Temple University Beasley School of Law‘s Sheller Center for Social Justice and the Washington Office on Latin America (WOLA) are publishing a new series of Annotated Table of Contents (ATOCs) for attorneys supporting asylum claims. Our ongoing asylum project provides expert research for attorneys to bolster their arguments about country conditions and fortify their client’s claims of dire need to seek protection in the United States.
This new set of ATOCs are tailored to cases from El Salvador, Mexico, and Nicaragua. This includes children recruited by gangs in El Salvador and is being issued as the Bukele administration continues with its crackdown on gangs through a state of exception decree that has resulted in over 64,000 people imprisoned since March 2022 and massive human rights violations. The release of ATOCs on state complicity, internal relocation, and persecution due to gender in Mexico come at a time when there is a high number of Mexicans attempting to seek protection in the United States, including many who have been blocked from doing so under Title 42 expulsions. Fiscal year 2022 also saw a dramatic increase in Nicaraguans seeking protection in the United States. As of January 2023, Nicaraguans are one of the nationalities that can request humanitarian parole in the United States and then also seek to adjust their status, including requesting asylum. New resources for Nicaragua include risks faced by human rights defenders and journalists and persecution based on gender, apart from existing resources on state complicity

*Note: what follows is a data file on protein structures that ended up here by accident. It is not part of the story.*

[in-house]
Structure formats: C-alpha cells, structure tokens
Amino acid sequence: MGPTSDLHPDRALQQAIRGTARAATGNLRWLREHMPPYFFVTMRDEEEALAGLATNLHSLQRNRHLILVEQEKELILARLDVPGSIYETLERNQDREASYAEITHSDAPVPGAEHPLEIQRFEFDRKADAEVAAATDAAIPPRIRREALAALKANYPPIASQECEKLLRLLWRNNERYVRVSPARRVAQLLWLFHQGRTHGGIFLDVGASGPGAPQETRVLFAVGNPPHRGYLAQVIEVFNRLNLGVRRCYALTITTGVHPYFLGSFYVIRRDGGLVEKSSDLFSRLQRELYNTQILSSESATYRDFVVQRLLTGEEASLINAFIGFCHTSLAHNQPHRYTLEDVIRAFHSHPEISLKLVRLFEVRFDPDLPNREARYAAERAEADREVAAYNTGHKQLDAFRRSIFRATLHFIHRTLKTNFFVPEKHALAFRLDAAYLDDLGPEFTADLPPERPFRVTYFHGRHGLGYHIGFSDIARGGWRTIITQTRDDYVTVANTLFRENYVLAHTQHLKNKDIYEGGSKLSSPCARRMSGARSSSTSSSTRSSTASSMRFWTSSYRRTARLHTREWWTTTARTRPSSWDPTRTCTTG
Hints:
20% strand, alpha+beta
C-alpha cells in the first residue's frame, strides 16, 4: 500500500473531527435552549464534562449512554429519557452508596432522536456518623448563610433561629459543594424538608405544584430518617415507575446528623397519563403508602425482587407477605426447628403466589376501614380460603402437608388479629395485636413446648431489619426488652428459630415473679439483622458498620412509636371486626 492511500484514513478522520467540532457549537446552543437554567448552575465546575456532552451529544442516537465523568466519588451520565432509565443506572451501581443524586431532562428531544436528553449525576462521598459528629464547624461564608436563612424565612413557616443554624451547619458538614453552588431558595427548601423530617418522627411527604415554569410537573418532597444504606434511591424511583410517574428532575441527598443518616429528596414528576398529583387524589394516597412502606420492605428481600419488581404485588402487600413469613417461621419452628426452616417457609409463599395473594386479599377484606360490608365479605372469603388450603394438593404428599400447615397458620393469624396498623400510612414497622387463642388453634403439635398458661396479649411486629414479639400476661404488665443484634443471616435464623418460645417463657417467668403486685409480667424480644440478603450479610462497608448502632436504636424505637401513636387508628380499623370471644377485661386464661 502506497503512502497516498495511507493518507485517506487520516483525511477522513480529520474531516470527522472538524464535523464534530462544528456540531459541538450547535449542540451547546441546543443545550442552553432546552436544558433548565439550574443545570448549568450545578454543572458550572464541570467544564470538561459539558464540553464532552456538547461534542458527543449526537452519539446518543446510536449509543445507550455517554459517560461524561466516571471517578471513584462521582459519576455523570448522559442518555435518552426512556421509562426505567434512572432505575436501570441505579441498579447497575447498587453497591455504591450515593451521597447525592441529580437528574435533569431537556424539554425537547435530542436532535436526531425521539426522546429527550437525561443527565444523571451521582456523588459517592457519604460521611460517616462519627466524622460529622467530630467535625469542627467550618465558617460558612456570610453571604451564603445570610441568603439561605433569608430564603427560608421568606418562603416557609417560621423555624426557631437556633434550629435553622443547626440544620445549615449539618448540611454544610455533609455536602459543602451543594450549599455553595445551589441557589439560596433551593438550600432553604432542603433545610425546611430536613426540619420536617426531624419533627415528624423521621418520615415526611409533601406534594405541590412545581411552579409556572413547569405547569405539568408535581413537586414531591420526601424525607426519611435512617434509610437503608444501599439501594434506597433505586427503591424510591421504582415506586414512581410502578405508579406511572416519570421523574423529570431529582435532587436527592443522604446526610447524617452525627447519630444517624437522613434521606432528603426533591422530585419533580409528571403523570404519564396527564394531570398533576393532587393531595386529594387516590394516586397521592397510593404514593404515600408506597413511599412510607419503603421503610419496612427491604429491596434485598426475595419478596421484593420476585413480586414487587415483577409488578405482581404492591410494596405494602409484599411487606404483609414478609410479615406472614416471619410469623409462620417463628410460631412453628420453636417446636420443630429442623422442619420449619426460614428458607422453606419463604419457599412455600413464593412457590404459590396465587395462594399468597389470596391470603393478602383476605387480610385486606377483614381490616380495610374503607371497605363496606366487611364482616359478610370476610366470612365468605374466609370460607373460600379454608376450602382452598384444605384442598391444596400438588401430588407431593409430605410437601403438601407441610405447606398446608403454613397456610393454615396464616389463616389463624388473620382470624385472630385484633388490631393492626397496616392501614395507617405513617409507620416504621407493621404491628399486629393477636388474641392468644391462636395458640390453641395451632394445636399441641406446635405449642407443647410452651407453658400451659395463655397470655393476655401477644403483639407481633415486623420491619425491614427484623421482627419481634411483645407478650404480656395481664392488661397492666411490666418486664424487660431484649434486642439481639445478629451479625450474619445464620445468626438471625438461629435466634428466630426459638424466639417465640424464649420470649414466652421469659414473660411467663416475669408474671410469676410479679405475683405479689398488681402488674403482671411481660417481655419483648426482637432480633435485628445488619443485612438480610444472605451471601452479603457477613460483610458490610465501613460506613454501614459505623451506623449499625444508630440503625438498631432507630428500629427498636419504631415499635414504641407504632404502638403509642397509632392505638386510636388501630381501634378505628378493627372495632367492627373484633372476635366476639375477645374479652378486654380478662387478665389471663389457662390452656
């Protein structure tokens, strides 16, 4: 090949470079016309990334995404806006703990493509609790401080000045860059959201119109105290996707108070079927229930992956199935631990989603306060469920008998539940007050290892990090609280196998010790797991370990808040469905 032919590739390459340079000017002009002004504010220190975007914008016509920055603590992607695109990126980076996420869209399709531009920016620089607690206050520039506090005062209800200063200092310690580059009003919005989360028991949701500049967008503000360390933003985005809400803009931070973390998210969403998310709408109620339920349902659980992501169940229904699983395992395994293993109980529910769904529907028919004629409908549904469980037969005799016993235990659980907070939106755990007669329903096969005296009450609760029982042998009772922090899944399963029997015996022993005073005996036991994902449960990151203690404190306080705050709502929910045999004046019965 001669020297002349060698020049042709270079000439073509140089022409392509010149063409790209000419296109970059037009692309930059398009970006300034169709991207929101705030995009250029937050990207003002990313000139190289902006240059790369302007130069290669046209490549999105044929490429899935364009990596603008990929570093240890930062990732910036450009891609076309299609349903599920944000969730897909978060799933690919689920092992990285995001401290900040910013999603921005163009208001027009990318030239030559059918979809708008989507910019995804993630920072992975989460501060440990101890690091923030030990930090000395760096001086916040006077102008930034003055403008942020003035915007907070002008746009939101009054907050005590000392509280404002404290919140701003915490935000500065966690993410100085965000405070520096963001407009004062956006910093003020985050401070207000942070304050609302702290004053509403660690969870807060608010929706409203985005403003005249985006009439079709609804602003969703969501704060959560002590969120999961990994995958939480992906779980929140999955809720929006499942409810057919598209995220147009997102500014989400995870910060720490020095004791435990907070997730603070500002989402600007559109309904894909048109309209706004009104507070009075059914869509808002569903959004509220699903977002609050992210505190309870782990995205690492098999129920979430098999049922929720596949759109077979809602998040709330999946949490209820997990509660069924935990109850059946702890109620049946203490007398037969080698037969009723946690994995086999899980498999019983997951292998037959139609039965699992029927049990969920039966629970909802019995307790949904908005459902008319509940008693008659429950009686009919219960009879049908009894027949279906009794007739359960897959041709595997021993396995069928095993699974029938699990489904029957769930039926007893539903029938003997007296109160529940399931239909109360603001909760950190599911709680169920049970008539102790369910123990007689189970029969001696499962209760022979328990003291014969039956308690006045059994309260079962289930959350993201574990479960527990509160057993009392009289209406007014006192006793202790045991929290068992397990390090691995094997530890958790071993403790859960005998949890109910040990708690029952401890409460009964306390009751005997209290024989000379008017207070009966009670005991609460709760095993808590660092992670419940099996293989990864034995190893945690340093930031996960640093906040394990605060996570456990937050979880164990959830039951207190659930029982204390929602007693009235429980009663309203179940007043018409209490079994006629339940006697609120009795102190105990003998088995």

As post-Title 42 policies are set to roll out in May, likely exacerbating restrictions on asylum, it remains critical that lawyers assisting asylum seekers have the tools and resources necessary to strengthen the cases of those who are already pursuing protection in the United States as well as the cases of new individuals who are able to access what will be an increasingly narrow path to asylum in the country.
Past resources that supplement the series include children fleeing recruitment by gangs in Guatemala and Honduras; as well as the persecution of Indigenous peoples in Honduras and Guatemala; the high-risk situation of human rights defenders and journalists in El Salvador, Guatemala, Honduras, and Mexico; and the hazards of the Remain in Mexico program.
Other ATOC’s in the series also include the inability to internally relocate; extortion of small business owners; as well as gang recruitment, domestic violence and gender-based harms and persecution of members of LGBT+ community, and state complicity for Guatemala, El Salvador and Honduras.